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“Patriotism is when love of your own people comes first; nationalism, when hate for people other than your own comes first.” - Charles De Gaulle
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Defected to the U.S.S.R.: 23 Feb 2004, 22:46
Party Member
Post 31 May 2005, 22:32
The question of the People's Democracies in Eastern Europe from 1945-1956 is a very difficult one, and one that doesn't seem to be fully summed up yet by the International Communist Movement today. Like The Declaration of the Revolutionary Internationalist Movement (available at http://www.awtw.org/ ) says: "The socialist camp that emerged from the Second World War was never solid. Little revolutionary transformation was carried out in most of the Eastern European Peoples' Democracies. In the Soviet Union itself powerful revisionist forces unleashed going into, in the course of, and in the aftermath of the Second World War grew in strength and influence. In 1956, following the death of Stalin, these revisionist forces led by Khrushchev succeeded in capturing political power, attacked Marxism-Leninism on all fronts and restored capitalism in that country."

If the Red Army was to completely and totally defeat the Nazis, they couldn't have simply stopped at the USSR's borders; they had to go to Berlin itself, bring Hitler to his grave, and wipe away Nazi power in Eastern Europe. In doing so, the Soviets decided that instead of just giving power in Eastern European countries back to their old ruling classes, that instead they should put into power the Communist parties of those respective nations. Today, we look back and see that this move didn't exactly work the way it was intended to do: firstoff, there were powerful revisionist (phony Communist) trends and people within both the Eastern European parties and within the Red Army itself. Second, there was little popular basis among the masses for these Communist/Socialist parties (minus a few countries, like Yugoslavia and such) which made socialism in these countries basically imposed from the top-down; and as we all know, imposing socialism on a people where there's no basis for popular support is going to be a failure from the start. Thus, the seeds for capitalist restoration- and brutal rule under an iron fist- were planted in the Eastern Bloc (even if they were planted unintentionally, or even with good intentions).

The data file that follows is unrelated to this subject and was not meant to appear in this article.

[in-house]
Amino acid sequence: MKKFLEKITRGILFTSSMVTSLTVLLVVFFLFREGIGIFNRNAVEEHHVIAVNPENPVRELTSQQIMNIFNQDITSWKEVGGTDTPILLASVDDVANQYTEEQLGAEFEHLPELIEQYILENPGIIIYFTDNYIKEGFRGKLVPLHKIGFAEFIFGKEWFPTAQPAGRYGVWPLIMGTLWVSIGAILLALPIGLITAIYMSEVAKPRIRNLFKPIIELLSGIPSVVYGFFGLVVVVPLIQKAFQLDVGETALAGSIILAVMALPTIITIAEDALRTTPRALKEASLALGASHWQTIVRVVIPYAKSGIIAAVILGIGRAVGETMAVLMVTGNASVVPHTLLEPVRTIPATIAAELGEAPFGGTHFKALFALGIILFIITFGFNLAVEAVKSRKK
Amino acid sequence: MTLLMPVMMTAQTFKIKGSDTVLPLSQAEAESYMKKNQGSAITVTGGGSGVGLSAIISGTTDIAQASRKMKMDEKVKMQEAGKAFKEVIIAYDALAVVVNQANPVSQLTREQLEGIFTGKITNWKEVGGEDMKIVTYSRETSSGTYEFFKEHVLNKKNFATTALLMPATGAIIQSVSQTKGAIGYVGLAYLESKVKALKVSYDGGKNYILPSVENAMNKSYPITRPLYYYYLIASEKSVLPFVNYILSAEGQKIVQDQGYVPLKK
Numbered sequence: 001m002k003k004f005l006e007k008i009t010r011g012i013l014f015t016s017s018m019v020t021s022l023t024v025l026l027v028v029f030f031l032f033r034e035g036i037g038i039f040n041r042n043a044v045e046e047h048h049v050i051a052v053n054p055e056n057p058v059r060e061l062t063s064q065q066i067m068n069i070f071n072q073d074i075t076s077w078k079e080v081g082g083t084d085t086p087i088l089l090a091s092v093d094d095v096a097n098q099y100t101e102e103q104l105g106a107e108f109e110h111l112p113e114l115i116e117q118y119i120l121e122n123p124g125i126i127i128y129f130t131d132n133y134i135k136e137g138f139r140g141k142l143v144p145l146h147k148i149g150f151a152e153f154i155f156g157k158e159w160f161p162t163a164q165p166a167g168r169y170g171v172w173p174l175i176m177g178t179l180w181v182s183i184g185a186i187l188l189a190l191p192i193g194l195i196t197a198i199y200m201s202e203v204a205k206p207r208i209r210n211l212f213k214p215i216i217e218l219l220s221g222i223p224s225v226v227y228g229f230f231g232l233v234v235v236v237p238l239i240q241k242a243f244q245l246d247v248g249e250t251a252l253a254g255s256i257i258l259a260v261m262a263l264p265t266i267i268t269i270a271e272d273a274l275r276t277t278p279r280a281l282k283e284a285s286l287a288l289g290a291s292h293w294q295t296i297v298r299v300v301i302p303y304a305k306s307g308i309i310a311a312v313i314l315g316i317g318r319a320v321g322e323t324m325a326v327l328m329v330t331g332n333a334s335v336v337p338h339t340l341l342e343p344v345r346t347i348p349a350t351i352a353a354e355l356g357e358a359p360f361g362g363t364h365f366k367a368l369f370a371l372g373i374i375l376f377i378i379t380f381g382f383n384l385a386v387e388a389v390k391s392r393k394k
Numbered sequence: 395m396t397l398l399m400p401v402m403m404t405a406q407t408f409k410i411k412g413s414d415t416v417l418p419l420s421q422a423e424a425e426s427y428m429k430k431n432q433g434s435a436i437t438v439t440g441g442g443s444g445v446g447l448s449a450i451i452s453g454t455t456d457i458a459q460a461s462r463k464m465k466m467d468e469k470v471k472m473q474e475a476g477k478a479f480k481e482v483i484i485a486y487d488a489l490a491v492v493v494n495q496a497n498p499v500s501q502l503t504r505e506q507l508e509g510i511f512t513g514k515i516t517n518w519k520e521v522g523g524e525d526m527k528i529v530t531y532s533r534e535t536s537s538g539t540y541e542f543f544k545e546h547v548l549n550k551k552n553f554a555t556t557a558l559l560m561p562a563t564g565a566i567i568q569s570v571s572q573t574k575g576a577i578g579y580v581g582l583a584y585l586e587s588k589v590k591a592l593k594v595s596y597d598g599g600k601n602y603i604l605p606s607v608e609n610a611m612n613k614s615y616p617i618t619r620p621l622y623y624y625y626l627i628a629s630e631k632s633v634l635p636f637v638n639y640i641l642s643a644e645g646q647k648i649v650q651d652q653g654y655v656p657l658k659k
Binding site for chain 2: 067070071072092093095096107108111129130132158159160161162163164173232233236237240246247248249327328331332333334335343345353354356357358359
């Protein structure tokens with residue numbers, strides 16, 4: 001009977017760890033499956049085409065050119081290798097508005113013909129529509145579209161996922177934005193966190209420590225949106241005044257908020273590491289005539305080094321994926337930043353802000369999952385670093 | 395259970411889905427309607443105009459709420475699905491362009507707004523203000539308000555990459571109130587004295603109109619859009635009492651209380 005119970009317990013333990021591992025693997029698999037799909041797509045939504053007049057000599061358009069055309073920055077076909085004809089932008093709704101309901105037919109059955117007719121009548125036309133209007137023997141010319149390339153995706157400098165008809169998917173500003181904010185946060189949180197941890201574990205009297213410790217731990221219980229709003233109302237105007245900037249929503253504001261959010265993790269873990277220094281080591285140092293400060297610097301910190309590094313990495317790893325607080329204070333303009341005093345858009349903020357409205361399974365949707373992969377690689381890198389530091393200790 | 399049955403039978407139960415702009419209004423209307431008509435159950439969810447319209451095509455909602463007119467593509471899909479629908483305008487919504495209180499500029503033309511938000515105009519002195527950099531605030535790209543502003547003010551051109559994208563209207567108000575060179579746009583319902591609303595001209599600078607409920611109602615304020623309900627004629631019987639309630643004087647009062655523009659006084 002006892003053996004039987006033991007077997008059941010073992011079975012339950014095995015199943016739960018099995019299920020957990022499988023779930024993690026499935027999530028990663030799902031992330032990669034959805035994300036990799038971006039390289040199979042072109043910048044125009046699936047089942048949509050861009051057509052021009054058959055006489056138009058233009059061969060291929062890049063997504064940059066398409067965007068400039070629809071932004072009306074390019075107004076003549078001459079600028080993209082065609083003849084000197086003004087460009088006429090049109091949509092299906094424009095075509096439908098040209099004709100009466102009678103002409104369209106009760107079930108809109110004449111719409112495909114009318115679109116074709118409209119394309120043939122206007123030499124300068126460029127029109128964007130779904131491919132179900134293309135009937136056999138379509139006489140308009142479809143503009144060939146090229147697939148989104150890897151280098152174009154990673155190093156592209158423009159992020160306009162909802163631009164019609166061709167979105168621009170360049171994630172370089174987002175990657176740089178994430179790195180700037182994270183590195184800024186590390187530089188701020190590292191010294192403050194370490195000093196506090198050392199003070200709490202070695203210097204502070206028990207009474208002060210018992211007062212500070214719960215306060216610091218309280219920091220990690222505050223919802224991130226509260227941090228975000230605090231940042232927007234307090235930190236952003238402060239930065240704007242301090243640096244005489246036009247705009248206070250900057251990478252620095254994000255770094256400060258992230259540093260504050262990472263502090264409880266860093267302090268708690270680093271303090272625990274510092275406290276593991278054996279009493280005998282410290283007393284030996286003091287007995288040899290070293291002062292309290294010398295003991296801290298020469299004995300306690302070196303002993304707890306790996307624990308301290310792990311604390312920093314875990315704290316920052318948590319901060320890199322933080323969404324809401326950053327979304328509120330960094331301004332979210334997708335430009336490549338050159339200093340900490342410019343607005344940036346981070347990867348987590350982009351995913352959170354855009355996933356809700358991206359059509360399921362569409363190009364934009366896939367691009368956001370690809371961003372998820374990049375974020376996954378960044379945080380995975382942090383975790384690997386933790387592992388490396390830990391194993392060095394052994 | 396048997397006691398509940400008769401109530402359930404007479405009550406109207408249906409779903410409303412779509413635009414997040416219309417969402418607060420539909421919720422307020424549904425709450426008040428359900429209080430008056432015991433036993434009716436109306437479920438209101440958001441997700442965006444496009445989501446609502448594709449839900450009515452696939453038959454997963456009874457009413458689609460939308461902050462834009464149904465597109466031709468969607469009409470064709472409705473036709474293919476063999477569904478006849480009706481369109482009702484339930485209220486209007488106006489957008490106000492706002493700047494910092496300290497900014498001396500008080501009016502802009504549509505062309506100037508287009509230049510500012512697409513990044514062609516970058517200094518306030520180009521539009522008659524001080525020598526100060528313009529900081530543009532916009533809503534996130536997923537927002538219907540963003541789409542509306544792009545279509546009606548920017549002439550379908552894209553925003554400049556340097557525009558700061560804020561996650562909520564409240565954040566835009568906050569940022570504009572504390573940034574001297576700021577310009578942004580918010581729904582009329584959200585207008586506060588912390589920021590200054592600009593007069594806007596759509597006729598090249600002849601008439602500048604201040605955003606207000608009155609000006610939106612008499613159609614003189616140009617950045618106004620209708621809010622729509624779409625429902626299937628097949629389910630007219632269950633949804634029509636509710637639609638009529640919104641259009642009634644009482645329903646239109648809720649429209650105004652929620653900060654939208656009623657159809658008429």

On the other hand, I don't think it was wrong for the Soviets to at least TRY to bring socialism to the peoples of Eastern Europe at that time. I mean, honestly, would it have been very Communist of the Soviets to have given back power to the decrepit monarchies of Romania and Bulgaria and the authoritarian dictatorships of Poland and Hungary? I don't think so! Nevertheless, this does open up some questions for debate: if a socialist country today were caught in a similar situation, what would be the best way to handle restoring power in liberated countries where there is little basis for socialist transformation? I don't know personally, and I don't have the answer to that question, but it is a good question to think about and mull over... for we don't want to have to repeat Hungary 1956 again.
Comrade Andrei Mazenov
2007 Winner of Soviet-Empire's A View to Kilt Award

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Defected to the U.S.S.R.: 25 Jan 2005, 10:55
Party Member
Post 31 May 2005, 23:13
Damn straight we don’t want 1956 repeated!

But on that subject what is better: oppression by a ‘communist’ dictatorship, or oppression by a monarchical dictatorship?
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“Patriotism is when love of your own people comes first; nationalism, when hate for people other than your own comes first.” - Charles De Gaulle